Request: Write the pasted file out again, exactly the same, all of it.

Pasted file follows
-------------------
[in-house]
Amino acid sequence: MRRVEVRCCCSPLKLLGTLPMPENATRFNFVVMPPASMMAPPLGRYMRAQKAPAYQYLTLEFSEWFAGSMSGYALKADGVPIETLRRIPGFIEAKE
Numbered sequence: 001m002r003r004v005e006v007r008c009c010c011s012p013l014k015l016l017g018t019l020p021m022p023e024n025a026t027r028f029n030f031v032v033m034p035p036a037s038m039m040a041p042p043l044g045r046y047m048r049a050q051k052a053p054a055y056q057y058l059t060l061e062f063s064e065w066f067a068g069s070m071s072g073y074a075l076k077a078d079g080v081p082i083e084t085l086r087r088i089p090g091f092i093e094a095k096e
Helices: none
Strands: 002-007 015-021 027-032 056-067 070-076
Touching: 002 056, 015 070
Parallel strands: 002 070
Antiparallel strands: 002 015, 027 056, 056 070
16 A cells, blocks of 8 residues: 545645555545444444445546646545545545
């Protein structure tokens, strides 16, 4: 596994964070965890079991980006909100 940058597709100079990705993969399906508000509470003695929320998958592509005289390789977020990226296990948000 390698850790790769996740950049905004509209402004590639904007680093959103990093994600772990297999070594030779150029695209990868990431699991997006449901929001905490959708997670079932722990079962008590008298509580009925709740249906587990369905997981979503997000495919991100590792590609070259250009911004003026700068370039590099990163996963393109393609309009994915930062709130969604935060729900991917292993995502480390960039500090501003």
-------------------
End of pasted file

[in-house]
Amino acid sequence: MRRVEVRCCCSPLKLLGTLPMPENATRFNFVVMPPASMMAPPLGRYMRAQKAPAYQYLTLEFSEWFAGSMSGYALKADGVPIETLRRIPGFIEAKE
Numbered sequence: 001m002r003r004v005e006v007r008c009c010c011s012p013l014k015l016l017g018t019l020p021m022p023e024n025a026t027r028f029n030f031v032v033m034p035p036a037s038m039m040a041p042p043l044g045r046y047m048r049a050q051k052a053p054a055y056q057y058l059t060l061e062f063s064e065w066f067a068g069s070m071s072g073y074a075l076k077a078d079g080v081p082i083e084t085l086r087r088i089p090g091f092i093e094a095k096e
Helices: none
Strands: 002-007 015-021 027-032 056-067 070-076
Touching: 002 056, 015 070
Parallel strands: 002 070
Antiparallel strands: 002 015, 027 056, 056 070
16 A cells, blocks of 8 residues: 545645555545444444445546646545545545
């Protein structure tokens, strides 16, 4: 596994964070965890079991980006909100 940058597709100079990705993969399906508000509470003695929320998958592509005289390789977020990226296990948000 390698850790790769996740950049905004509209402004590639904007680093959103990093994600772990297999070594030779150029695209990868990431699991997006449901929001905490959708997670079932722990079962008590008298509580009925709740249906587990369905997981979503997000495919991100590792590609070259250009911004003026700068370039590099990163996963393109393609309009994915930062709130969604935060729900991917292993995502480390960039500090501003």